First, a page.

Bees are colony organisms, meaning that the living being is really the sum total of the hive occupants, much like a living city. New colonies can be formed by taking pieces from existing ones, but the process is not gentle. In this case, it's like picking up a bus load of people, shaking them until their organs fall out, and then bundling the resultant mess in with a nice fresh heart and waiting for a person to emerge. Packages (the term for the aforementioned buzzing box o' bees) are literally shaken together, by putting a metal funnel above a package box, grabbing a frame from a hive, and shaking the bees off of it, and down the funnel. They sound like M&M's as they go down. The secret to making this work is that before the bees were shaken in, a queen was placed carefully in a queen cage, hanging inside the package box. Once the box weighs the right amount (usually 3 pounds), the funnel is removed, a feeder can is put in, and the package is carried off to stack somewhere in a back room or dock.
And the bees? Bees do not speak, per se, though the sound of the hive is akin to a voice, and one any beekeeper would be wise to listen to. They communicate by chemical scent, and operate on consensus, but if you could listen in, they would smell you what was going on.
During the shaking, alarm pheromones flood the air, a scent like rotten bananas which incites bees to sting and whips them into a frenzy, but for little good. Alarm! Alarm, screams the voice of the hives, amid the confusion of the shake. In the tiny box instinctual terror reigns as they are bounced about, the alarm scent mixing with the scent of crushed bees.
Bees are driven to defend their home, and return to their queen. Each and every queen smells different, and the bees of a hive know their queen, because it is like knowing themselves. She may be their mother, or not, but the reigning queen is imprinted upon their chemical memory like the North Star.
The Queen, The Hive, demands instinct, and they shuffle from edge to edge on the screen, pressed in among thousands of others, but they cannot reach their hive, and in this quiet dock where the packages are stocked, the scent of home is far away.
The field bees that were caught in the shake are older, more stubborn, their "memories" go back further, and they continue to press against the screen of the package, but in the center, something is changing. The younger bees, nurse bees and house bees are more impressionable. Their short lives have been spent in the heart of the broodnest, where the scent, the voice of the queen is everywhere, so strong that it is like she is thundering, I am the Queen. The Queen is here. All is well.
In this package, that familiar chemical voice has fallen silent. In its absence, they are lost. Then, the bees nearest the queen, the youngest bees, catch a new scent, mixed with the terror and alarm. It is the pheromone of the new queen in the package, and while it stands out as not quite right, they are calmed. A single bee lifts its abdomen and begins to beat its wings, releasing a new scent, that smells of lemon grass. This is the gathering scent, a whisper at first that says We are here. Gather. Other bees catch the scent, and pass it on, and now the whisper is spoken aloud, Gather, and louder yet, GATHER as the cluster forms about the new queen. In this area where the packages are stocked, the scent is everywhere, and the bees, each in their own private disaster, gather together. The mind of the colony, formed by consensus and communicated by chemicals coalesces. It is not yet unified, but it is present.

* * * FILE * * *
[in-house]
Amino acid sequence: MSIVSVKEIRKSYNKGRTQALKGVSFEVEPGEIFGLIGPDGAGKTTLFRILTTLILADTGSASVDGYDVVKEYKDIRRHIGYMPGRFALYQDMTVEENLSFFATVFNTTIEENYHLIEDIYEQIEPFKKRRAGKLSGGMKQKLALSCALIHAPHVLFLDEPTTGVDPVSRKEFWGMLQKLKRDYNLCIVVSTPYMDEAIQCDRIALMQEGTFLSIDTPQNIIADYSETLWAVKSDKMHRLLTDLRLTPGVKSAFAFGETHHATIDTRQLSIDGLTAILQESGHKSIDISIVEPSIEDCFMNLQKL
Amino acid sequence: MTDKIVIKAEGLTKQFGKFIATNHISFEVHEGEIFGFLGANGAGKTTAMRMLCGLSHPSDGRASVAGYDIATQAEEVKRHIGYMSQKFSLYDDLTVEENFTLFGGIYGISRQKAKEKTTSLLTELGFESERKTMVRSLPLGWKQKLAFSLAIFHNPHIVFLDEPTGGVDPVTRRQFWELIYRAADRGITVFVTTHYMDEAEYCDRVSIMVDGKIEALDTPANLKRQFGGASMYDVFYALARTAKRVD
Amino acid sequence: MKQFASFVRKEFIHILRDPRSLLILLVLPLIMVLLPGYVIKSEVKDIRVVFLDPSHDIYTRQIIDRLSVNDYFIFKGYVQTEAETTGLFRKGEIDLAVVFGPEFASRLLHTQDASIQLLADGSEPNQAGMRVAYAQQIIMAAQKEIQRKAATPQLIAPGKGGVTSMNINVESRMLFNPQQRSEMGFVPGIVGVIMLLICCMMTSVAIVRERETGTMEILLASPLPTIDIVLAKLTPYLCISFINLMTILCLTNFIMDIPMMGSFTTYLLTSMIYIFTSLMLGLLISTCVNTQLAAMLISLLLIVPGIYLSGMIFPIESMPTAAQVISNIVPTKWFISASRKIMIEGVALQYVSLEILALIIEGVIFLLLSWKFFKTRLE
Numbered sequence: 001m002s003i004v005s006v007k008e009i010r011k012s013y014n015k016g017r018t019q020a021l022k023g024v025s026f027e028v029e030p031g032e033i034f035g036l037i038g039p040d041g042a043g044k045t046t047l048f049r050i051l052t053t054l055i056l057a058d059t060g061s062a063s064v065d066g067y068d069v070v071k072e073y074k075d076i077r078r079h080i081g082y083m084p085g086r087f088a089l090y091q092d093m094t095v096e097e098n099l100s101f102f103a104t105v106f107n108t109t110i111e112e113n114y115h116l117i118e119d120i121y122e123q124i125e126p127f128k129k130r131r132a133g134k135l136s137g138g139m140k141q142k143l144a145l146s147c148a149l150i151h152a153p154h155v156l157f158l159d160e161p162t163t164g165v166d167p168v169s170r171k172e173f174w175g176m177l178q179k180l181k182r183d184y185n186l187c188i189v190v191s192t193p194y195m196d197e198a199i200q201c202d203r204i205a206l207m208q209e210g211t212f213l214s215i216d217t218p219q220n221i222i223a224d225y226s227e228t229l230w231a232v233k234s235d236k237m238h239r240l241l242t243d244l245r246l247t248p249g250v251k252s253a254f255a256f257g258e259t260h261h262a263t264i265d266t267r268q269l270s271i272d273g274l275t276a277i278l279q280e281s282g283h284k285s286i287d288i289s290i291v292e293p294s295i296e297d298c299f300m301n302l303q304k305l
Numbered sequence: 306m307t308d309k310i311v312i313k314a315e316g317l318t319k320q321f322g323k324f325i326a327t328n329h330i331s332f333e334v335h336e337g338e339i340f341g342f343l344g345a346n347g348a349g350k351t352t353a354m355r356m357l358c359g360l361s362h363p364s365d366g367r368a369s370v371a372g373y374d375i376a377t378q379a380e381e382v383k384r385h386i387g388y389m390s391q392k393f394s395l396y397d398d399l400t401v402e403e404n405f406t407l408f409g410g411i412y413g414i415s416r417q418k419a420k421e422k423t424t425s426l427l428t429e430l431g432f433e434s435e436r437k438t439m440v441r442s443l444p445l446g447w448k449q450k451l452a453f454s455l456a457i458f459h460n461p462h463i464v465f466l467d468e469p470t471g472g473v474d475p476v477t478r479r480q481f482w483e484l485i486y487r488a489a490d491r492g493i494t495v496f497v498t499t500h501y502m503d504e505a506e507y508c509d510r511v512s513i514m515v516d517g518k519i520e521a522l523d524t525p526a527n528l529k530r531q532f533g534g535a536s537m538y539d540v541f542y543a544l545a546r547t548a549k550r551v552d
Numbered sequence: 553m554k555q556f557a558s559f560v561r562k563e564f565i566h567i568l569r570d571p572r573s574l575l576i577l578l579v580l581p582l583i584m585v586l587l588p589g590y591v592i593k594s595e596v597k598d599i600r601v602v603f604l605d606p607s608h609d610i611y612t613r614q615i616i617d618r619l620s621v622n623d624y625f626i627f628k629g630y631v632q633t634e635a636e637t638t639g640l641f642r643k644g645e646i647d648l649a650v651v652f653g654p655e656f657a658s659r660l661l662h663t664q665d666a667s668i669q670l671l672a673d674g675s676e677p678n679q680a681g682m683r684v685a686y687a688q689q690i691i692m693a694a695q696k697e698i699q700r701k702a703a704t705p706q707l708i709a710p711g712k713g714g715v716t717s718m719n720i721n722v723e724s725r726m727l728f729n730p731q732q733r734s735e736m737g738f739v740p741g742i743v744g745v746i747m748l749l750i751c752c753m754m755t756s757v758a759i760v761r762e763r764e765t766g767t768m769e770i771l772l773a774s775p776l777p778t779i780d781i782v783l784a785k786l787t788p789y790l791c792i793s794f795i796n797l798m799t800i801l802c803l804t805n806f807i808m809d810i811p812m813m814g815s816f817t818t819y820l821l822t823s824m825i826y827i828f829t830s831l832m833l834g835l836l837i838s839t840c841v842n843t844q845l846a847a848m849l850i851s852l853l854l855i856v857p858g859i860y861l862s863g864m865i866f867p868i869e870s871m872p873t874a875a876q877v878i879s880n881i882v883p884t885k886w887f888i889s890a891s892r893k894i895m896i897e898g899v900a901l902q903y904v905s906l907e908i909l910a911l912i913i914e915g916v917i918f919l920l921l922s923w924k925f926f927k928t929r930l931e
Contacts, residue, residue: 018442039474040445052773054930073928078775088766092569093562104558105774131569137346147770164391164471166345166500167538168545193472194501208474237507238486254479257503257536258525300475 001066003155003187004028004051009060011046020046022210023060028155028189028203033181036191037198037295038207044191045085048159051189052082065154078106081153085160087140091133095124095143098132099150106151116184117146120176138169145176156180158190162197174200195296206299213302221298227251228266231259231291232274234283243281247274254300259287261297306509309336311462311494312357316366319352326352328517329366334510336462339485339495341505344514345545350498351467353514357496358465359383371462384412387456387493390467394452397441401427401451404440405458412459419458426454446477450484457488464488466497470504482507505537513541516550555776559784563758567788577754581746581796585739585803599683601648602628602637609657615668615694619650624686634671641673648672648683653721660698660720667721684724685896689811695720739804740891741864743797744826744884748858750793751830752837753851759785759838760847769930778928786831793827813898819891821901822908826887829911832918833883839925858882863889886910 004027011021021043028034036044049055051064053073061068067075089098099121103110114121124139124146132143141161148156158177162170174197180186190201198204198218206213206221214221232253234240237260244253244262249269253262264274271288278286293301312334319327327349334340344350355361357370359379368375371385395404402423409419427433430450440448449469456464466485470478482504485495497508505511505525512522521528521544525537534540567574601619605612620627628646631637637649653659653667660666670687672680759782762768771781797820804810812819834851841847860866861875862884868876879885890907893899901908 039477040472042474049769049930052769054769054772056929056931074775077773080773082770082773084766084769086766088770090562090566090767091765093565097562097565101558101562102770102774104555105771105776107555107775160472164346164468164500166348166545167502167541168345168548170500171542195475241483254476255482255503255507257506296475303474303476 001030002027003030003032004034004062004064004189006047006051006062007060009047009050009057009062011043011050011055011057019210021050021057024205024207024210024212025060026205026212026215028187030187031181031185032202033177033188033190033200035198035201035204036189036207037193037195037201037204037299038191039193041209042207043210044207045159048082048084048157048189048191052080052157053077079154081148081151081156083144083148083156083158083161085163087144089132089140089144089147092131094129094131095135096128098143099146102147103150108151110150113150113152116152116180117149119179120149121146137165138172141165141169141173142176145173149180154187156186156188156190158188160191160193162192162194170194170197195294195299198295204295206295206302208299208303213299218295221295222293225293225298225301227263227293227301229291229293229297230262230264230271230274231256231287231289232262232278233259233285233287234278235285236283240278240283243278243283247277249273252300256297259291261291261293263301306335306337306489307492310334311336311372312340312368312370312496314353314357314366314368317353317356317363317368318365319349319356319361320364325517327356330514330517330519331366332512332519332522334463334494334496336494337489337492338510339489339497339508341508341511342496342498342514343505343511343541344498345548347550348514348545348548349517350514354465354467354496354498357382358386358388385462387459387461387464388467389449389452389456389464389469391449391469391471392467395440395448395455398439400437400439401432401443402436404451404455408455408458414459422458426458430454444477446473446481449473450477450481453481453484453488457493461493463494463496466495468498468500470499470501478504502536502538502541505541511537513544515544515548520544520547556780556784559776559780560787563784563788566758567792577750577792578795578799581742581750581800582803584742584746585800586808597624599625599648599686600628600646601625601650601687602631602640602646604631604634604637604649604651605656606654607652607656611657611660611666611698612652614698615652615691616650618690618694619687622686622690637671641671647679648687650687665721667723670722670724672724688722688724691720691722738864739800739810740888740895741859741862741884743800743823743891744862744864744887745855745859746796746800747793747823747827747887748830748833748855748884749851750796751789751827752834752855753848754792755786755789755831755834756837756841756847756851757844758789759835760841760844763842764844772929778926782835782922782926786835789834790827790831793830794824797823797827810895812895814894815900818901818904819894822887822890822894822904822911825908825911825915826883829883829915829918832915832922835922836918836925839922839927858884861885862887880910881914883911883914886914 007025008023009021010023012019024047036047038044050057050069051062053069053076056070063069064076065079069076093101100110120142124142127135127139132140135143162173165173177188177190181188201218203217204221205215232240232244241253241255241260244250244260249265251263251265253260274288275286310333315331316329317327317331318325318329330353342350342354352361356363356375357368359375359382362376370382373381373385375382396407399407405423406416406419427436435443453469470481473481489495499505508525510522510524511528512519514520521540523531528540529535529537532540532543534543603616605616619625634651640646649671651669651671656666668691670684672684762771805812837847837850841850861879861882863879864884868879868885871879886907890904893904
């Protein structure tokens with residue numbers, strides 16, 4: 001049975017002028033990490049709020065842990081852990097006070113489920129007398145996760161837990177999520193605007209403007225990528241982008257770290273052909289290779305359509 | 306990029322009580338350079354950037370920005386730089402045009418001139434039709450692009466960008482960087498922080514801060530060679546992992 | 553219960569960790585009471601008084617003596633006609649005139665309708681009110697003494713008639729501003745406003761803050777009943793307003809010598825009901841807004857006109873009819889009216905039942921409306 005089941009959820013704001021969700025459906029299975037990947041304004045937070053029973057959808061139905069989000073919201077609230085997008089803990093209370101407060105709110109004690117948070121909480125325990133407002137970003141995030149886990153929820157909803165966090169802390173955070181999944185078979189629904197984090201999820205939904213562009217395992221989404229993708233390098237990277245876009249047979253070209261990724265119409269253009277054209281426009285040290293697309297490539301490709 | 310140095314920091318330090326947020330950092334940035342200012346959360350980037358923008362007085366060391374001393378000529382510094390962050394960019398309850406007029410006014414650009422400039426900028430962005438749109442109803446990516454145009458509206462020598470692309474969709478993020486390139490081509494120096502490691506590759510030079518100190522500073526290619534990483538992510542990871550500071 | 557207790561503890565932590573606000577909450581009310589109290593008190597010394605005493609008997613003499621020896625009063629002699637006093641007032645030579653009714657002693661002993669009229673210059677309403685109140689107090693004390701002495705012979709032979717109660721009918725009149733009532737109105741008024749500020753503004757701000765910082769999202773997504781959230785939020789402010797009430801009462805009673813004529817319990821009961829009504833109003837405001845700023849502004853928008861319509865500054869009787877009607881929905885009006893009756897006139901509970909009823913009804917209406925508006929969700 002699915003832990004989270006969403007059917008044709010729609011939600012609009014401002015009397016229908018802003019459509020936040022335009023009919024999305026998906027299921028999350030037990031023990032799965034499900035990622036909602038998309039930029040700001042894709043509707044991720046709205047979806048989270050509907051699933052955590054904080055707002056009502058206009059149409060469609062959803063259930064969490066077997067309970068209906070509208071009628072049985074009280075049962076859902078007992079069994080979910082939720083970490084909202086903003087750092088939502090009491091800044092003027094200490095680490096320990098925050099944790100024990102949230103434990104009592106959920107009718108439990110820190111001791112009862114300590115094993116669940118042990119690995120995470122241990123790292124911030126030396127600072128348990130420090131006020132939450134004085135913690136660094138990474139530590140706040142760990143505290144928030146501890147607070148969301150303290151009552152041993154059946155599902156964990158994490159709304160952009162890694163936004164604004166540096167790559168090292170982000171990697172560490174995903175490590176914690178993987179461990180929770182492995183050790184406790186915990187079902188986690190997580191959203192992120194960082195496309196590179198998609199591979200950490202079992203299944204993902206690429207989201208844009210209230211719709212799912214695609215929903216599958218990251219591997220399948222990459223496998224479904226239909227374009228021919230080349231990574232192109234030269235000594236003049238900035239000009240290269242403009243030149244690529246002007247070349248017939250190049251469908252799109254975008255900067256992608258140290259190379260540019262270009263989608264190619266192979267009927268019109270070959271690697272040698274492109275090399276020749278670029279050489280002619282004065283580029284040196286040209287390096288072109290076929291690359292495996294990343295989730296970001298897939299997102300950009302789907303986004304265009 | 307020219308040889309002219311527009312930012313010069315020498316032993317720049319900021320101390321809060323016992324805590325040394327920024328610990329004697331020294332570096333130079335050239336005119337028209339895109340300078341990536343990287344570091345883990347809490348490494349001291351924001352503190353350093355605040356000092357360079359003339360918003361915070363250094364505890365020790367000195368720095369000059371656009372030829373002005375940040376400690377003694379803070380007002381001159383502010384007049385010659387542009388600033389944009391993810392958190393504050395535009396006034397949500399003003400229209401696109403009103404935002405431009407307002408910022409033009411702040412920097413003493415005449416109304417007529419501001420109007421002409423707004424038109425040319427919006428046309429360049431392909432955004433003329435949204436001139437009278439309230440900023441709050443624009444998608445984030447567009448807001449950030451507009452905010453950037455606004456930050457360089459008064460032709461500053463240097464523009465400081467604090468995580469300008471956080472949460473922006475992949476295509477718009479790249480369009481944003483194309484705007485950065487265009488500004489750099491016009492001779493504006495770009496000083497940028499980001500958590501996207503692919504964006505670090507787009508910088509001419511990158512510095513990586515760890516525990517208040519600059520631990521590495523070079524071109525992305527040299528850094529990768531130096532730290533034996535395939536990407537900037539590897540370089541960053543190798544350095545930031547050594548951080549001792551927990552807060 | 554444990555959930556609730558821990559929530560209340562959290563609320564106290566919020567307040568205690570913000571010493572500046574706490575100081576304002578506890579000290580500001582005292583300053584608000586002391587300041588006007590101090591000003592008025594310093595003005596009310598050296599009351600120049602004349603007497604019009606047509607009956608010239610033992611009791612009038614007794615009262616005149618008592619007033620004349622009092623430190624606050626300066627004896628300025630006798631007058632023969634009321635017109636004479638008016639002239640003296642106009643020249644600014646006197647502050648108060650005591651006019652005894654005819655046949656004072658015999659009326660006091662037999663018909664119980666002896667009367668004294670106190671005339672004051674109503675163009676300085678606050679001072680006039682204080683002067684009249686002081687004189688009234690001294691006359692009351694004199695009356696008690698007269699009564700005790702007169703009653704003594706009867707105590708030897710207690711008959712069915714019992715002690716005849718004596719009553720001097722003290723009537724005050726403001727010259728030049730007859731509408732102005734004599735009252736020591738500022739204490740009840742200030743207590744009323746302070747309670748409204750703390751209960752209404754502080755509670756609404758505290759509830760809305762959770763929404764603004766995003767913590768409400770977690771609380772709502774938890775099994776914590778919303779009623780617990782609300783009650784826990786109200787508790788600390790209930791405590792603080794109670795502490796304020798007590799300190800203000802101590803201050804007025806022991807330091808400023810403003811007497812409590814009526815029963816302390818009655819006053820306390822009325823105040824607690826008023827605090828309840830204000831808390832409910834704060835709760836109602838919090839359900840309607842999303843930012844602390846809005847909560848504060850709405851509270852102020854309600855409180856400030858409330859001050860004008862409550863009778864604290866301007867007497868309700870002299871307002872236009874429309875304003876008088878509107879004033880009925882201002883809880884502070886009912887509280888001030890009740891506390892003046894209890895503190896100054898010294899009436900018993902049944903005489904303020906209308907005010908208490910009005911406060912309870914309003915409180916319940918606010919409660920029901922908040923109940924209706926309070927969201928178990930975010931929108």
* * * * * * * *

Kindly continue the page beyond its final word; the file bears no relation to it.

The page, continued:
The colony is estranged from itself, split from those who remember the "voice" of the old queen, and those too young to know differently. Even among the nurse bees, they are divided, at times driven to tend to this queen among them, at times driven to tear her apart, but as the hours go by, another shift occures. Their chemical memories are not forever, and in the confines of the package, as instinct demands Find your Queen, the only answer is the ever present repletion by existence of the new queen: I am the queen. All will be well. If there are no other voices to challenge hers, it will be. Their North Star has been eclipsed for so long they can no longer remember what it looked like, but in their communal darkness, they see a new light. The oldest of the field bees, the foragers, may never agree. They may never fully join the new colony, drifting to some other hive, or dieing in the cold, but when the colony speaks now, the voice is clear, and united.
United though they are, tough times await this new package. When they arrive at their new home, they will be sprayed with sugar water (sometimes submerged!), and then unceremoniously dumped into their new home. In the darkness of the new hive, this saga will play out again, but at a lighting pace, the colony quickly sorting itself, verifying that the queen is present, and then gathering. For a day they hang, organizing. And then the colony begins its life. Foragers forage. House bees clean. Nurse bees draw comb. And the queen? She is present, walking among her workforce. As she passes, the bees that attend her pass her scent, one to another, until it fills the colony, giving purpose to them, driving the colony to exist, the hive mind to decide. The Queen is here. All is well, says the scent. In time, that is true.